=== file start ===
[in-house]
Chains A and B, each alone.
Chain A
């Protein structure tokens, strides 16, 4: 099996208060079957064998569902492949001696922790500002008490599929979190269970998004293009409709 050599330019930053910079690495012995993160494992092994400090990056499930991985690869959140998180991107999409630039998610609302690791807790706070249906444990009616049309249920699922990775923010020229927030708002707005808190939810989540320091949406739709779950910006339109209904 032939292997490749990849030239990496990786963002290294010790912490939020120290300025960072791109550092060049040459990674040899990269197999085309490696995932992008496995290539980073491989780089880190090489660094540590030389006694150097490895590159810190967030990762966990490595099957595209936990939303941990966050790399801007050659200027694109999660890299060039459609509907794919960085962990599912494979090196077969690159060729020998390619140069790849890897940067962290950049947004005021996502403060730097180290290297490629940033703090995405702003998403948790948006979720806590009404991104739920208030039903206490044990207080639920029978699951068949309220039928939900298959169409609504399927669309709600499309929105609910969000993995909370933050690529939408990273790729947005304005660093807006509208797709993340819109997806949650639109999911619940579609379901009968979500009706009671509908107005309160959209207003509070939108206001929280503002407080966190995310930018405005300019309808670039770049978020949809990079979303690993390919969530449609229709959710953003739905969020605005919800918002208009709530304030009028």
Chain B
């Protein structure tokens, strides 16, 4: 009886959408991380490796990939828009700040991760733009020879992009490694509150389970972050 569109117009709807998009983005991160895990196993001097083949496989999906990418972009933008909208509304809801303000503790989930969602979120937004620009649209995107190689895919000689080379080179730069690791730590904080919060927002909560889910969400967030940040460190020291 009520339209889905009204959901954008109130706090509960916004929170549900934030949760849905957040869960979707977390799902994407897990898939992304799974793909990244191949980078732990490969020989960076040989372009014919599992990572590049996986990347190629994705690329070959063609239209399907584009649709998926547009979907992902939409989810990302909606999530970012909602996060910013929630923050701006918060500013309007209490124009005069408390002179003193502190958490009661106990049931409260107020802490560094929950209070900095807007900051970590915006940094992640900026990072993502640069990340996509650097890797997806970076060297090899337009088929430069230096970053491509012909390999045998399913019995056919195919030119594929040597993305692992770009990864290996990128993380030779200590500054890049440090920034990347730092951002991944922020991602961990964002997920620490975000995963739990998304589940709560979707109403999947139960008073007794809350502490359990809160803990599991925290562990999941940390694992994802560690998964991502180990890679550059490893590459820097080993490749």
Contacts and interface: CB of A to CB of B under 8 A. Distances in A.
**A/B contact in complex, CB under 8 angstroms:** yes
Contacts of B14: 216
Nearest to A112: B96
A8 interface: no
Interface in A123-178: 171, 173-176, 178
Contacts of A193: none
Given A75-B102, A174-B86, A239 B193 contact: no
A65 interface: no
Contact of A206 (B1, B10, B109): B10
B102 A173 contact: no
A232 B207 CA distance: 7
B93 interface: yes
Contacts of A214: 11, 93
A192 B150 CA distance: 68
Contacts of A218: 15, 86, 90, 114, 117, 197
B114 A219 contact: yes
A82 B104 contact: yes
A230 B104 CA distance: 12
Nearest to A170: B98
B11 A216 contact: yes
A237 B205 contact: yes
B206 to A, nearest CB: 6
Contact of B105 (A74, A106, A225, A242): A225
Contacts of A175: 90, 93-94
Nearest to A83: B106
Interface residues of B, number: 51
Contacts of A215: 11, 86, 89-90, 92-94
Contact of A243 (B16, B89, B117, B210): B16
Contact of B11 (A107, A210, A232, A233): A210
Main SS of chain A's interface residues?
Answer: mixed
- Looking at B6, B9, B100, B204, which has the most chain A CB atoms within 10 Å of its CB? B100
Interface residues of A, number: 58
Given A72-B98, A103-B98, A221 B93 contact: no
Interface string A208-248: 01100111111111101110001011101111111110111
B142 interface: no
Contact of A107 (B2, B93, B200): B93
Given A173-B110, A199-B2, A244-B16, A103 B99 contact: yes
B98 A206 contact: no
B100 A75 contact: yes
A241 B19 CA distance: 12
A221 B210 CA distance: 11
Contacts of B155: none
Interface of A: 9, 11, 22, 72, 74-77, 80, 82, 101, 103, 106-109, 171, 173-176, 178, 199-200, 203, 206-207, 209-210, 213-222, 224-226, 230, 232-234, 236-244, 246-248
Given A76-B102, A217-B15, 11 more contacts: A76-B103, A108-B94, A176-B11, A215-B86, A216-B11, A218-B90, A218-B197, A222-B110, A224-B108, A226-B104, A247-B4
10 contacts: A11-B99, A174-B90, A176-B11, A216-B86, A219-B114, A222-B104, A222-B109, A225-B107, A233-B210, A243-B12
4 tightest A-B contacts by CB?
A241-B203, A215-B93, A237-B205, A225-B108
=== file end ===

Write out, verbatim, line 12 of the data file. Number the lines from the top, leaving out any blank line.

Interface in A123-178: 171, 173-176, 178